A few weeks ago I wrote about Vietnam’s Outward Investment Problem. This was in relation to Axies Infinity which is an increasingly successful NFT based online game that is owned and operated by Vietnamese founders through a Singapore holding company. The problem, as I stated, is that Vietnam has rules for its citizens to invest overseas. I’ve looked at this before in my article How to Make an Outward Investment as a Vietnamese Citizen, but that was under the old Investment Law and without context. This week, I want to look at the legally promulgated process for a Vietnamese startup to setup an offshore holding company with a Vietnamese subsidiary and the possibility for additional subsidiaries in other jurisdictions.

There are four forms of outward investment for which Vietnamese citizens (including corporations) can invest:

  1. Establishment of an economic organization in accordance with the law of the investment recipient country;
  2. Investment on the basis of an offshore contract;
  3. Capital contribution, purchase of shares or purchase of a capital contribution portion in an offshore economic organization to participate in management of such economic organization;
  4. Purchase or sale of securities or other valuable papers or investment via securities investment funds or other intermediary financial institutions in a foreign country;

Within these four forms, Vietnamese citizens are further proscribed in that they cannot invest in any sectors which are prohibited to Vietnamese investors in the Investment Law or in an international treaty (basically illegal sectors). But they are also prohibited from investing in sectors for which the technology or products are prohibited from being exported. They may invest in such sectors as banking, insurance, securities, media, and real estate business if they satisfy the Vietnamese state’s conditions.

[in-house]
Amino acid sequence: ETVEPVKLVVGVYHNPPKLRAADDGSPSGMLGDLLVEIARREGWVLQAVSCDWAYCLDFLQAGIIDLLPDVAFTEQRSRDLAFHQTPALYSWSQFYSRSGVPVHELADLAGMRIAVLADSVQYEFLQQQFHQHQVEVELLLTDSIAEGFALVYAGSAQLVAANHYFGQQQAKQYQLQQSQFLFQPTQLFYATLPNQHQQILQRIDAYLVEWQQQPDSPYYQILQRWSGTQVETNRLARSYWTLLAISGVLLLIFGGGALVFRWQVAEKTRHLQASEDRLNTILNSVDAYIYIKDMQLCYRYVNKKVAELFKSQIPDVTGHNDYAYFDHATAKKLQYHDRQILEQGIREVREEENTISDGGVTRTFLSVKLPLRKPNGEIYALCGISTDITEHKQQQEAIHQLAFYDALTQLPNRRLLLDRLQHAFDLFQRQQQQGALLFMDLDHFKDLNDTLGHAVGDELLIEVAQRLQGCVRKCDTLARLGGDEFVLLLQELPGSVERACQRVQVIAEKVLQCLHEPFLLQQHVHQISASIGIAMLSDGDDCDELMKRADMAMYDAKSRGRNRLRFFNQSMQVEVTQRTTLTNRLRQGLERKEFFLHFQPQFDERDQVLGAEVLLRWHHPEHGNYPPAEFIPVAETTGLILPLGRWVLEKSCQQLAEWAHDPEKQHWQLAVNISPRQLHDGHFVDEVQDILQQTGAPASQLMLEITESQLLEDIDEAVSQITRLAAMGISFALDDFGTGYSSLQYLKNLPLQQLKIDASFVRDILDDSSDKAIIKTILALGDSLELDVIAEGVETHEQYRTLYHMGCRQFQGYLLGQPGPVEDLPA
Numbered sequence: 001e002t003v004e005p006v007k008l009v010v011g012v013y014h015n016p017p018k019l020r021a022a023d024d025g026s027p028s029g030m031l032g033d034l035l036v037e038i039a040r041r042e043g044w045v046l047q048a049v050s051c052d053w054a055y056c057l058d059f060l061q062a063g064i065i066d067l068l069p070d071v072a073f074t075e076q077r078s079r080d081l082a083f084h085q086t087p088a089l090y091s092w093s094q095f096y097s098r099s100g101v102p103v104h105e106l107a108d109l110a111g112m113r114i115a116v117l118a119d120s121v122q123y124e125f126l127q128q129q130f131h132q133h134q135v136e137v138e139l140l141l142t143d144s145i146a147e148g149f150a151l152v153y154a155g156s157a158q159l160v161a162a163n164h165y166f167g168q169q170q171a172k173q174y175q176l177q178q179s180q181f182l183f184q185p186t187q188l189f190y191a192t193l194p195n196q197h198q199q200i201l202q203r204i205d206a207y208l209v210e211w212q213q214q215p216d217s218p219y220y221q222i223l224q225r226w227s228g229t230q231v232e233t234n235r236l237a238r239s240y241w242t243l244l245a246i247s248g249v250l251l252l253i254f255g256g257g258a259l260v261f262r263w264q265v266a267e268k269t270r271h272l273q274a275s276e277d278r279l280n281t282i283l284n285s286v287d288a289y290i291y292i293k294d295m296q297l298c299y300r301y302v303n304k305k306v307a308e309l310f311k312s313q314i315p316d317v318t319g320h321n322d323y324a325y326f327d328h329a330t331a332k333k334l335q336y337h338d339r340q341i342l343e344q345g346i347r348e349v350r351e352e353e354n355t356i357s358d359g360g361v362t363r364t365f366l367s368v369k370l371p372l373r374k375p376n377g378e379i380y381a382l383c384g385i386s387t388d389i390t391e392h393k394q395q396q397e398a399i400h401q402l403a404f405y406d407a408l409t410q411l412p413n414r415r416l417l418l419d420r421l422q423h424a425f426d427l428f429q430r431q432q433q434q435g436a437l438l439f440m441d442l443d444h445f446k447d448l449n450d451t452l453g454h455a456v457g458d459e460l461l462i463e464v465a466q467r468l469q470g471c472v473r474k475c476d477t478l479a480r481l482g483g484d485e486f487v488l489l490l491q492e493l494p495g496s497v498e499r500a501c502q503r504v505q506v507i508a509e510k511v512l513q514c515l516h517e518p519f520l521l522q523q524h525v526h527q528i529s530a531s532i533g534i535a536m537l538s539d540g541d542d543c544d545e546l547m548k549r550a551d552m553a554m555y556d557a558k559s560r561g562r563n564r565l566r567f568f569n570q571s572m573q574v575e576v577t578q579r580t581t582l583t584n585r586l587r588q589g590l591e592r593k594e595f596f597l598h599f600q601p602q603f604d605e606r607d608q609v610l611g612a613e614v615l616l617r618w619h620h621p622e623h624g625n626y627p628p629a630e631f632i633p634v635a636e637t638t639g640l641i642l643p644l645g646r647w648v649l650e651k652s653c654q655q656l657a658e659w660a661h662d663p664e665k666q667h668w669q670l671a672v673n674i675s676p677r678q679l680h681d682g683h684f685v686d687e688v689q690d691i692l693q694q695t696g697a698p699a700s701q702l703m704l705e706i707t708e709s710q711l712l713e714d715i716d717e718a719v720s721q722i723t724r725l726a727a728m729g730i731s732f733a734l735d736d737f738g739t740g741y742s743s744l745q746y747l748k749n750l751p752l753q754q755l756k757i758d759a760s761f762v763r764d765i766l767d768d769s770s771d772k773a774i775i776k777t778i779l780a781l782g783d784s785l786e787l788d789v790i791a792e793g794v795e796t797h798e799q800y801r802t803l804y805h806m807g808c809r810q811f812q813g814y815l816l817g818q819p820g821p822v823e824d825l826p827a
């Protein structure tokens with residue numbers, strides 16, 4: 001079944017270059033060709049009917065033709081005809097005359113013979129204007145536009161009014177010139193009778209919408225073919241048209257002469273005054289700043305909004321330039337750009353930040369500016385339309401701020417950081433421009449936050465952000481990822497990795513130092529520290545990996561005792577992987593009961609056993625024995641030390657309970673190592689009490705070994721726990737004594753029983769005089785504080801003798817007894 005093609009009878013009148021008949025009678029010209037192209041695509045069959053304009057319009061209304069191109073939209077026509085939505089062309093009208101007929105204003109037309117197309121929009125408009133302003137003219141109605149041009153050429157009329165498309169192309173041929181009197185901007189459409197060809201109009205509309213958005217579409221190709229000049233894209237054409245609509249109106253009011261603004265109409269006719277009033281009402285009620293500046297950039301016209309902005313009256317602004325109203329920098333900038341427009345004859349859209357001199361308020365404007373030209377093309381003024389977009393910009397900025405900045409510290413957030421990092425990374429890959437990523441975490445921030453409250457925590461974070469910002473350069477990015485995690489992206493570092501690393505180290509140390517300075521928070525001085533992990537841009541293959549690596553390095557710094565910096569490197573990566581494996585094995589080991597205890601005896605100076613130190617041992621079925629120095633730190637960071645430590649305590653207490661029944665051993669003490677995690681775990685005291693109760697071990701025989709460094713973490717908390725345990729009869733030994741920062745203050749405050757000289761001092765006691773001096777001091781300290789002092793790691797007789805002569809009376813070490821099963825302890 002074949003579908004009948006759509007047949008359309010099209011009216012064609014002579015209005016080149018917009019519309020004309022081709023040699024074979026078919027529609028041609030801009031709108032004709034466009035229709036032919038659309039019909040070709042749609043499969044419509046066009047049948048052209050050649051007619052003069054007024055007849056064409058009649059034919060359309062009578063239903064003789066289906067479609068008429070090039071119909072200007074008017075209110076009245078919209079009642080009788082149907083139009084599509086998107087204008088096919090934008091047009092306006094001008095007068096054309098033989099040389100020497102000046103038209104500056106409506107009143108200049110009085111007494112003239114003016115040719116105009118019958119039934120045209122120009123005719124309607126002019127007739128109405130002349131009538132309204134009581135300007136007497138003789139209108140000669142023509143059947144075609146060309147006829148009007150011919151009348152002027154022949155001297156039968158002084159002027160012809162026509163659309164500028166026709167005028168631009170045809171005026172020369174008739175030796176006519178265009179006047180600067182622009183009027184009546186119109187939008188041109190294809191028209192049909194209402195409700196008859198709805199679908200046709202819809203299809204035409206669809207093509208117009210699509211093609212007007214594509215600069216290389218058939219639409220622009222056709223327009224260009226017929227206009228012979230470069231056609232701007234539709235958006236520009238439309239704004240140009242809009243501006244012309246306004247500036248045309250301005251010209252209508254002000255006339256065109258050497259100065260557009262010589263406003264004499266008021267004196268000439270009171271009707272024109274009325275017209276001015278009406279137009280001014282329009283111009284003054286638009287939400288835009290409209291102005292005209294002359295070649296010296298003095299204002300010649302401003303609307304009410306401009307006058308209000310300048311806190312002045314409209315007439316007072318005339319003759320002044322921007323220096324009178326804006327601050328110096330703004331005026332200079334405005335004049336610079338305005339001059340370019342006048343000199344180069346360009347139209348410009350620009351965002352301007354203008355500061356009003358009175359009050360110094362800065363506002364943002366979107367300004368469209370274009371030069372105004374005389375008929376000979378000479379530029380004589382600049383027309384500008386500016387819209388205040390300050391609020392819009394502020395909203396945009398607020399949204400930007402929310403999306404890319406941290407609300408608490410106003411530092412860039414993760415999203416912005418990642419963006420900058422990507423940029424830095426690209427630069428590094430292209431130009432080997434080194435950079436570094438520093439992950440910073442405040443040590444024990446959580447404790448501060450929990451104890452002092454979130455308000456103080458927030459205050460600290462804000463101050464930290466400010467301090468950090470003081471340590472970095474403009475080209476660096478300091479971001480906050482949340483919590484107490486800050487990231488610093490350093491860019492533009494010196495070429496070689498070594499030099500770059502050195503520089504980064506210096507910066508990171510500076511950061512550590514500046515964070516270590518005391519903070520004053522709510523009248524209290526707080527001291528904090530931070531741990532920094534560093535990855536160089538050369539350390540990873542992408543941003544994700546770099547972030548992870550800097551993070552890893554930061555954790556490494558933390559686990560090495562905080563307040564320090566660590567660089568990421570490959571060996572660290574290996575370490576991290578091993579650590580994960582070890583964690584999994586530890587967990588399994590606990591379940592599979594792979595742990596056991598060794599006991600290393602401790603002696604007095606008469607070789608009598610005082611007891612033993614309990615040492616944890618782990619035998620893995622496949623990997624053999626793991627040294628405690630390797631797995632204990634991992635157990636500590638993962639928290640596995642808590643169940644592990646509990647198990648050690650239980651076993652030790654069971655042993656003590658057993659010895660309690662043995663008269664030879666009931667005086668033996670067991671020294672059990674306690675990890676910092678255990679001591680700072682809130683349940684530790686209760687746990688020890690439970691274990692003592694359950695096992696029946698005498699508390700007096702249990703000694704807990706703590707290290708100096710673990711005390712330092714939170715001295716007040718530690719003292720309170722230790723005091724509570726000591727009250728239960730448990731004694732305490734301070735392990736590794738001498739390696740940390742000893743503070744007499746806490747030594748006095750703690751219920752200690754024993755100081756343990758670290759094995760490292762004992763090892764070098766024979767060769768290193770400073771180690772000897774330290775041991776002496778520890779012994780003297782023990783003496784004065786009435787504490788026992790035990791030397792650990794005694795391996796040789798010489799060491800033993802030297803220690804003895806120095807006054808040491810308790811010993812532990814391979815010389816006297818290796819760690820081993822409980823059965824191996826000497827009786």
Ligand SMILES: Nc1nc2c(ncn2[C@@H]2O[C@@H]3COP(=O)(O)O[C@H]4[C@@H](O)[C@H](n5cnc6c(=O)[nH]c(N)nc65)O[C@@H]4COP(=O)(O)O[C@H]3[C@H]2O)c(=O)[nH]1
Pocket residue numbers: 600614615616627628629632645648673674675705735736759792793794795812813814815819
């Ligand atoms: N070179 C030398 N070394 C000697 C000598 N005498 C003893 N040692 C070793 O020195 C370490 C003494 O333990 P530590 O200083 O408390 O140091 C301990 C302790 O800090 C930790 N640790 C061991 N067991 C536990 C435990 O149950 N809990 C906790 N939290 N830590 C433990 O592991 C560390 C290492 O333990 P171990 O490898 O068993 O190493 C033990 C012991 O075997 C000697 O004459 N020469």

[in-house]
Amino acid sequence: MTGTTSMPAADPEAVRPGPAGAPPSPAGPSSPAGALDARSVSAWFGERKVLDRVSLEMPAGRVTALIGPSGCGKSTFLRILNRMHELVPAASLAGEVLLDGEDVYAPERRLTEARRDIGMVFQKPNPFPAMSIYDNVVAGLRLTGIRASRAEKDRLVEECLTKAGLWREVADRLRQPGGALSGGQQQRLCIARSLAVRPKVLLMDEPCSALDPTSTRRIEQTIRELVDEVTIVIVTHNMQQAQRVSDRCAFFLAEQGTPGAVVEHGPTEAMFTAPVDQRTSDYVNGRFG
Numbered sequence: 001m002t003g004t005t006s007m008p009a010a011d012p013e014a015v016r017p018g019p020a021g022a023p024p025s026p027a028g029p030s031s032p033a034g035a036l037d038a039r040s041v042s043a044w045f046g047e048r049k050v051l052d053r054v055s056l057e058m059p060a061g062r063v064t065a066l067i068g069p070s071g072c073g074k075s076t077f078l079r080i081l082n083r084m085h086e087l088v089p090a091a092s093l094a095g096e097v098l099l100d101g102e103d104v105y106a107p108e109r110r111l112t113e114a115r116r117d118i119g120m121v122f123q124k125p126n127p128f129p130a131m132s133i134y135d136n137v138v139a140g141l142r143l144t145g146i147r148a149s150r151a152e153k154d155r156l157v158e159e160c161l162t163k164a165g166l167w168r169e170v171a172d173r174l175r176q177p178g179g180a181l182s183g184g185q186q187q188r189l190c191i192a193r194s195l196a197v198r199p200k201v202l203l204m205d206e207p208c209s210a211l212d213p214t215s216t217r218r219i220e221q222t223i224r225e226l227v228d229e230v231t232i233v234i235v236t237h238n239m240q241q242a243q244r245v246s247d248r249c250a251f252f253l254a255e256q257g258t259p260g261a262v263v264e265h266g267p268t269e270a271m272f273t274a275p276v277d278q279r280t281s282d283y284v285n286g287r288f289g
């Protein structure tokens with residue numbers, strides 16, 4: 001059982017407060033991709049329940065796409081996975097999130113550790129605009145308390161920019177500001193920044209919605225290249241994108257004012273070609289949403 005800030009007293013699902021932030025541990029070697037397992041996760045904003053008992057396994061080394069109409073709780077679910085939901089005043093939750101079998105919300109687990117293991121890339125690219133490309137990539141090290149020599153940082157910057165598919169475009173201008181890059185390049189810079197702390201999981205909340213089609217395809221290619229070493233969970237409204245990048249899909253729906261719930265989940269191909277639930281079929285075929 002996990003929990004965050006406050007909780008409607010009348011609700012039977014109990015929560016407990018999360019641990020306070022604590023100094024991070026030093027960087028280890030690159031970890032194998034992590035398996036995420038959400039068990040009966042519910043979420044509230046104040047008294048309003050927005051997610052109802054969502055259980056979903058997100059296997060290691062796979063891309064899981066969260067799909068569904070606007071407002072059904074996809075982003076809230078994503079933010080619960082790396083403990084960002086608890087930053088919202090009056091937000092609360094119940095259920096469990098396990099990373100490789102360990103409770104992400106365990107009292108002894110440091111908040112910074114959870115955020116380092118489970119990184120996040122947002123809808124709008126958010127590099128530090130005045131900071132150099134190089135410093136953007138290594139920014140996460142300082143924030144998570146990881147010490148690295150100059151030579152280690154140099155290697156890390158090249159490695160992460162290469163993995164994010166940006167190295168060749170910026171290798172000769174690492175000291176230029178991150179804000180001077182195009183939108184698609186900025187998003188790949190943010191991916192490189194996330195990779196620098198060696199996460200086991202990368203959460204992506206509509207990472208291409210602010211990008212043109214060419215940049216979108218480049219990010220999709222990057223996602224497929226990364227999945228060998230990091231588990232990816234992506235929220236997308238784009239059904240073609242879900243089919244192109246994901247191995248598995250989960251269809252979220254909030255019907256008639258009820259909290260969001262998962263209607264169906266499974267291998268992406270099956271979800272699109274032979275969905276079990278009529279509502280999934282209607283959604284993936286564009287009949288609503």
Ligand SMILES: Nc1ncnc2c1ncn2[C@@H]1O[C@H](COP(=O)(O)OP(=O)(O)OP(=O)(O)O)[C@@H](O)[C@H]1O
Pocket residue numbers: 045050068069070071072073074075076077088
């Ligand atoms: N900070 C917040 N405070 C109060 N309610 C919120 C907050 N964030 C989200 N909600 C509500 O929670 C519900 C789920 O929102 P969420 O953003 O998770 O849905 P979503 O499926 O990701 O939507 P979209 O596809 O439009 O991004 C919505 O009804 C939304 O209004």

A major issue facing Vietnamese investors who are interested in investing offshore is the question of foreign currency. While they may be responsible for providing the capital necessary to conduct the investment, they are also responsible for purchasing the foreign exchange necessary to make the investment, and if they obtain any loans from foreign banks or entities to conduct the investment that fall within the medium and long-term loan definitions of the laws on banking, then they must register such loan with the state bank of Vietnam and submit regular reports on its repayment.

Just like for investment within Vietnam, there are policies for large scale projects to be approved by the National Assembly or the Prime Minister, but the lowest value trigger for such approval is 400 billion VND and that is if the investment is in a sector with conditions.

Procedure for Obtaining Approval for Offshore Investment

As with all things Vietnamese, an application dossier is required. An investor seeking to conduct offshore investment must lodge this dossier with the ministry of planning and investment (MPI) and include data regarding the nature of the investment, the nature of the investor, the source and ability to obtain funds and foreign exchange, the authorization of the investor (or management entity if an enterprise), and written certification from the tax authority that all tax obligations have been met.